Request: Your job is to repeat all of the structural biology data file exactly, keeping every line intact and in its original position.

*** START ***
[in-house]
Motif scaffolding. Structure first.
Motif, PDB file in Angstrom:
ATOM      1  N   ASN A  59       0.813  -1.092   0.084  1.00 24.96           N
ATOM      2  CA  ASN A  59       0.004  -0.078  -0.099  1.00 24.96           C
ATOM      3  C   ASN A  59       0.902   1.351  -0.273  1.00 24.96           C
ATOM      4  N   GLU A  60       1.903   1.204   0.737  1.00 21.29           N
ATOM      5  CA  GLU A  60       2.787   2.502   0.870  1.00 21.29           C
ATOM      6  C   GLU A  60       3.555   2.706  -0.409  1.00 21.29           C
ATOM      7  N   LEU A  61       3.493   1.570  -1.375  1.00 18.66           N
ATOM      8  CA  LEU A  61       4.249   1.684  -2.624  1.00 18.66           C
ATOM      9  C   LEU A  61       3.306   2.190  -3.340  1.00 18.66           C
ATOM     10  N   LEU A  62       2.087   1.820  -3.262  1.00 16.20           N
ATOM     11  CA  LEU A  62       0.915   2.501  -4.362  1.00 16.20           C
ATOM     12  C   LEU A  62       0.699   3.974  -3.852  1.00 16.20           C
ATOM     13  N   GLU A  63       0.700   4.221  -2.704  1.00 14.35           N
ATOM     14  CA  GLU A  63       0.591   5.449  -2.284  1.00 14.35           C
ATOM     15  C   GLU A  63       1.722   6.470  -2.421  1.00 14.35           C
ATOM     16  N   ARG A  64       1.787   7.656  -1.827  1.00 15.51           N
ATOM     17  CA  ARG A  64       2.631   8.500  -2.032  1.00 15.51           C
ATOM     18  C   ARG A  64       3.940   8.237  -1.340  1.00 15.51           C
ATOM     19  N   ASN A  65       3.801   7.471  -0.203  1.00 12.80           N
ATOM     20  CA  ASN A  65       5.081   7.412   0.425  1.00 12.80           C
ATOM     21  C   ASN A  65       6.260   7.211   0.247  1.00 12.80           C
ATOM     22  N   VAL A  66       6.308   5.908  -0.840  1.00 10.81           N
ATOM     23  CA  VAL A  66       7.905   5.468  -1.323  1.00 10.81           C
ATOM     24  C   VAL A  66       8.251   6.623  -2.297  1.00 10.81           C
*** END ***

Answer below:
[in-house]
Motif scaffolding. Structure first.
Motif, PDB file in Angstrom:
ATOM      1  N   ASN A  59       0.813  -1.092   0.084  1.00 24.96           N
ATOM      2  CA  ASN A  59       0.004  -0.078  -0.099  1.00 24.96           C
ATOM      3  C   ASN A  59       0.902   1.351  -0.273  1.00 24.96           C
ATOM      4  N   GLU A  60       1.903   1.204   0.737  1.00 21.29           N
ATOM      5  CA  GLU A  60       2.787   2.502   0.870  1.00 21.29           C
ATOM      6  C   GLU A  60       3.555   2.706  -0.409  1.00 21.29           C
ATOM      7  N   LEU A  61       3.493   1.570  -1.375  1.00 18.66           N
ATOM      8  CA  LEU A  61       4.249   1.684  -2.624  1.00 18.66           C
ATOM      9  C   LEU A  61       3.306   2.190  -3.340  1.00 18.66           C
ATOM     10  N   LEU A  62       2.087   1.820  -3.262  1.00 16.20           N
ATOM     11  CA  LEU A  62       0.915   2.501  -4.362  1.00 16.20           C
ATOM     12  C   LEU A  62       0.699   3.974  -3.852  1.00 16.20           C
ATOM     13  N   GLU A  63       0.700   4.221  -2.704  1.00 14.35           N
ATOM     14  CA  GLU A  63       0.591   5.449  -2.284  1.00 14.35           C
ATOM     15  C   GLU A  63       1.722   6.470  -2.421  1.00 14.35           C
ATOM     16  N   ARG A  64       1.787   7.656  -1.827  1.00 15.51           N
ATOM     17  CA  ARG A  64       2.631   8.500  -2.032  1.00 15.51           C
ATOM     18  C   ARG A  64       3.940   8.237  -1.340  1.00 15.51           C
ATOM     19  N   ASN A  65       3.801   7.471  -0.203  1.00 12.80           N
ATOM     20  CA  ASN A  65       5.081   7.412   0.425  1.00 12.80           C
ATOM     21  C   ASN A  65       6.260   7.211   0.247  1.00 12.80           C
ATOM     22  N   VAL A  66       6.308   5.908  -0.840  1.00 10.81           N
ATOM     23  CA  VAL A  66       7.905   5.468  -1.323  1.00 10.81           C
ATOM     24  C   VAL A  66       8.251   6.623  -2.297  1.00 10.81           C